9. Tuesday: The Israelis + my three went museum-ing as I made faux-Thanksgiving, complete with roast turkey, stuffing, cranberry relish and cornbread (and pumpkin pie!), because I’ll never get to invite the Israelis to Thanksgiving! My family joined us, and everyone sat around and talked late into the evening and it was exactly as big family events should always be.
  10. Wednesday: First day of school. The Israelis came by in the afternoon for coffee and cake and goodbyes, and then went to the airport.
  11. Thursday: I made my usual bi-weekly Open Zion deadline. And collapsed on the couch.

Yes, really.

I would be remiss if I did not make a big point of pointing out that while I may have been In Charge of all of the above? The husband was an absolutely stellar First Officer, and aside from anything else, had he not kept washing all those dishes (and bear in mind that we keep kosher, so he was also switching from milk to meat and back again all the time) the entire jig would have been up.

After the jump, [UPDATE: figuring that most people who wanted to read this and see the pictures have done so, I’ve now removed the pictures after the jump, because kids’ faces can be seen in them (not all of them my own kids, even), and it honestly just makes me a little nervous to slap my kids’ faces up on the ‘net, given my day job] you’ll find the text of the boy’s speech (d’var Torah) – because he’s a mensch, and I’m just so proud – but first!

Pictures of the single best present the boy got (and which, btw, he presented to me as “the best gift I got”): A fully functional, The Fault in Our Stars-inspired wallet made out of duct-tape by one of his school friends (oops! Chosen by one of his school friends. Note correction, and how you can buy one for yourself [’cause you totes should] here).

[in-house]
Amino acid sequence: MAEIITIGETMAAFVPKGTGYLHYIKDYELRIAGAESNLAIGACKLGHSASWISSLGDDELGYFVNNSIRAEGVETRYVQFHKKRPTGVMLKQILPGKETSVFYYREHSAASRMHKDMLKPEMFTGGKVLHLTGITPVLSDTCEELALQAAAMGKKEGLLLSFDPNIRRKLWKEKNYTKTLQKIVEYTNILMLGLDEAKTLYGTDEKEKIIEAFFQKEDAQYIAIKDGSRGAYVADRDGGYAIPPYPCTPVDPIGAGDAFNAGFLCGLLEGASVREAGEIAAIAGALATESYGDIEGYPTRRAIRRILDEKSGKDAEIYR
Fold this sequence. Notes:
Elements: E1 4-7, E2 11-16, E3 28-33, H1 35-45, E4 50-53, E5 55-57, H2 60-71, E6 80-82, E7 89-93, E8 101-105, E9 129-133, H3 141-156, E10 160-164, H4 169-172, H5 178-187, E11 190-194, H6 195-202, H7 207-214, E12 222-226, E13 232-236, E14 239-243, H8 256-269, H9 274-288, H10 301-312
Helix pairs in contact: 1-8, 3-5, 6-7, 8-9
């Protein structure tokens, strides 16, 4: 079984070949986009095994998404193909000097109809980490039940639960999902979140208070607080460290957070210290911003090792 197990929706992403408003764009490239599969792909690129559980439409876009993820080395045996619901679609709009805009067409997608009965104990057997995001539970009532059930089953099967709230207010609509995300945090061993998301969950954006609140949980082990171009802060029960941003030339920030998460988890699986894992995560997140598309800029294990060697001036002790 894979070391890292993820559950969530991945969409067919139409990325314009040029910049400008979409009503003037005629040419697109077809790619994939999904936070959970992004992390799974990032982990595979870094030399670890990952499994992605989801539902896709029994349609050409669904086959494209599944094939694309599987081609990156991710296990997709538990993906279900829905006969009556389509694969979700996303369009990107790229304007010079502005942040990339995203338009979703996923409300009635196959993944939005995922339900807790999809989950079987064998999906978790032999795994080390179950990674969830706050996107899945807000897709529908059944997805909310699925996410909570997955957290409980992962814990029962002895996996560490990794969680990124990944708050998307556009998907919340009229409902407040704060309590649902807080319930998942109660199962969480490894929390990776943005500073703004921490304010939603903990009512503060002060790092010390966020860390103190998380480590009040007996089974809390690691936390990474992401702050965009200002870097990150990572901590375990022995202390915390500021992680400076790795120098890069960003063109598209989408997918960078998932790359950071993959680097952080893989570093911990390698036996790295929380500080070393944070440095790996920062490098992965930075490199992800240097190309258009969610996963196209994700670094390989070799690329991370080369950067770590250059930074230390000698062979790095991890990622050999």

TFIOS was written by John Green, author, Vlogbrother, host of Crash Course, and Nerdfighter extraordinaire, and the last line in the boy’s d’var Torah was a shout-out to Nerdfighters everywhere (and yes, in case you know what the hell I’m talking about and are wondering, he had his DFTBA bracelet on the whole time).


Dear hardcore In My Head heads….

…all you lovely people who have continued to check in with this blog despite the shameful lack of posting over the past two weeks: I will be back tomorrow. I promise.


Early open thread.

Boy things sure took a turn for the weird over at Ta-Nehisi’s place yesterday! I was only online for about 87 seconds, all day, but as I went about my business, I felt a great disturbance in the force, as if millions of voices suddenly cried out in irritation and were suddenly silenced.

So I thought you might need an open thread already. Because it doesn’t really look like it’s fixed yet, does it? And if the boss shows up, all commenting engines firing – well, whatevs. I’m trying here, people!


Standard FYI clause: I generally wait about 2 hours after Ta-Nehisi would typically open a thread (roughly noon, EST, back when such a thing was typical…!), and if none is forthcoming, I put one up here.

My President is a feminist, part the several.

In case you were wondering:

President Obama strongly condemned Rep. Todd Akin (R-MO) during a surprise press conference Monday for his remarks that “legitimate rape” doesn’t cause pregnancy. Obama said Akin’s statement was reflective of the broader Republican Party’s treatment of women.

“Let me first say the views expressed were offensive,” Obama said. “Rape is rape, and the idea that we should be parsing and qualifying and slicing what types of rape we’re talking about doesn’t make sense to the American people and certainly doesn’t make sense to me.”